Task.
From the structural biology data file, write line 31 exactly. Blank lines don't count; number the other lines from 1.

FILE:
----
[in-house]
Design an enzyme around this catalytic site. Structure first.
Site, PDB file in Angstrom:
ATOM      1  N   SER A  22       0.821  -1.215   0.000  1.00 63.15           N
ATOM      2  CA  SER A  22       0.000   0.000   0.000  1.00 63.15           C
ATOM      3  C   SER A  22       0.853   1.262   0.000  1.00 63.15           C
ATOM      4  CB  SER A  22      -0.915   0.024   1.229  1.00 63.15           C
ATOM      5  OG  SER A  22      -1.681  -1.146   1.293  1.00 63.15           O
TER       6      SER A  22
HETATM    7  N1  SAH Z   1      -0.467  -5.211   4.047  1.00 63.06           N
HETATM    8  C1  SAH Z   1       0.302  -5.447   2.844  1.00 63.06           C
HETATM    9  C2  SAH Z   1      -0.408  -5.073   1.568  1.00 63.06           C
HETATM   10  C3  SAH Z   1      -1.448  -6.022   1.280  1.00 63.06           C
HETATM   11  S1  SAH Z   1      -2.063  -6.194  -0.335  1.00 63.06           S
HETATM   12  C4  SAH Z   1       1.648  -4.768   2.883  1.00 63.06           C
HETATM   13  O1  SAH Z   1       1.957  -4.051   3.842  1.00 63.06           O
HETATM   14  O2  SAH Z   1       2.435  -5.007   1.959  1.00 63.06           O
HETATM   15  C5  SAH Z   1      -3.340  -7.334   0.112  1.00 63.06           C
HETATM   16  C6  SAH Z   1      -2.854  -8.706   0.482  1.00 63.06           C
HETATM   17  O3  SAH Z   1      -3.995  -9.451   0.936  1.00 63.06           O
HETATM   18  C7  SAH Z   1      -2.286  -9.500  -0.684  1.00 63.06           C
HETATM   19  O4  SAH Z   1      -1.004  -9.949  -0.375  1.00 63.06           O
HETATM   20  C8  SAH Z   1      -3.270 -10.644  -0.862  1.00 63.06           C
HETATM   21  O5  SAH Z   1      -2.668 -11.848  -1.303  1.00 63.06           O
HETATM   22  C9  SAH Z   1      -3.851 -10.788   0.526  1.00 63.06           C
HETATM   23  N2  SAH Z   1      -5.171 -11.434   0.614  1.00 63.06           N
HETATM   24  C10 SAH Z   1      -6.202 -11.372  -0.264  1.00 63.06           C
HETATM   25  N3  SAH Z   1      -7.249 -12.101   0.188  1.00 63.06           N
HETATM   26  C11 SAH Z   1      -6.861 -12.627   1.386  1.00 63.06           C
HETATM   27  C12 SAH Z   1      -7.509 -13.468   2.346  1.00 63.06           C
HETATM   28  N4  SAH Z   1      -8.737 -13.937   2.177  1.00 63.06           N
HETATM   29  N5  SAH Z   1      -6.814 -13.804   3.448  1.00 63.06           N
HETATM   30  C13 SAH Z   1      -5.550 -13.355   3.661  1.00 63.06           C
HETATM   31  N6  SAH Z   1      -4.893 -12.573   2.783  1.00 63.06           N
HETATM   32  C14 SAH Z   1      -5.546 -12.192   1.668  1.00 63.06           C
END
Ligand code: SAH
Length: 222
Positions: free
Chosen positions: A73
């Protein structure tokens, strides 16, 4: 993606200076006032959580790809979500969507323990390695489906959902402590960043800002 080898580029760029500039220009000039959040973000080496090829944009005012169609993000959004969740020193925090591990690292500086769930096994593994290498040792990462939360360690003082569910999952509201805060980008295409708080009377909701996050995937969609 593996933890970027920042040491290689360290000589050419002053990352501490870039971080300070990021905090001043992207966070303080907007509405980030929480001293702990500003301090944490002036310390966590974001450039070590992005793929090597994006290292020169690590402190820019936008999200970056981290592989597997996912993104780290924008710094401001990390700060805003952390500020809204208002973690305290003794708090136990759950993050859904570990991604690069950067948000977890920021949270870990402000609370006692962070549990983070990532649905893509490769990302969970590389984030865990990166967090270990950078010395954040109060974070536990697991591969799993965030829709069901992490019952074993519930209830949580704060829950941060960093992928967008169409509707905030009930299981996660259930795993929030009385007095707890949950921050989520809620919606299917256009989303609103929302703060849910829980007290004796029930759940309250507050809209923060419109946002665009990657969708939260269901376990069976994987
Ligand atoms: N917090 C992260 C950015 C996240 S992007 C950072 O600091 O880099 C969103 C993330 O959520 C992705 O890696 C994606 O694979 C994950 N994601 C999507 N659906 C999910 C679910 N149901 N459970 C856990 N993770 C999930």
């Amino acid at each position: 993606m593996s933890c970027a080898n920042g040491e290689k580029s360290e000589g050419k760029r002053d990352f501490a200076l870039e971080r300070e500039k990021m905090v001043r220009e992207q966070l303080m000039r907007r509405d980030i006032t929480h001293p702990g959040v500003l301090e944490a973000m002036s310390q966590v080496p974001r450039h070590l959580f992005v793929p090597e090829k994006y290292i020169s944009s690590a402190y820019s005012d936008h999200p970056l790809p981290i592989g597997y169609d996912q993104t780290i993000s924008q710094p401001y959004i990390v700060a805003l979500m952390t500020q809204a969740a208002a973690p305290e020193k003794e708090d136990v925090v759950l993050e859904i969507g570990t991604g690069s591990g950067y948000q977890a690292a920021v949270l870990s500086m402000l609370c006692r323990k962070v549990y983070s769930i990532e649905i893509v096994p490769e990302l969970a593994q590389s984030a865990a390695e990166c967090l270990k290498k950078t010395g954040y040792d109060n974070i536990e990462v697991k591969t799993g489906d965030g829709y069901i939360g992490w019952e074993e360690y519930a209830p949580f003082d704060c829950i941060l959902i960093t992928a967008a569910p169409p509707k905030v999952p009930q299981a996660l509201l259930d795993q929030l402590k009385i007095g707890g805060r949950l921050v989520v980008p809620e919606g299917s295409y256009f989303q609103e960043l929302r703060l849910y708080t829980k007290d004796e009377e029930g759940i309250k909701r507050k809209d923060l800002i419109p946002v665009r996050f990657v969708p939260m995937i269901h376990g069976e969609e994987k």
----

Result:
HETATM   28  N4  SAH Z   1      -8.737 -13.937   2.177  1.00 63.06           N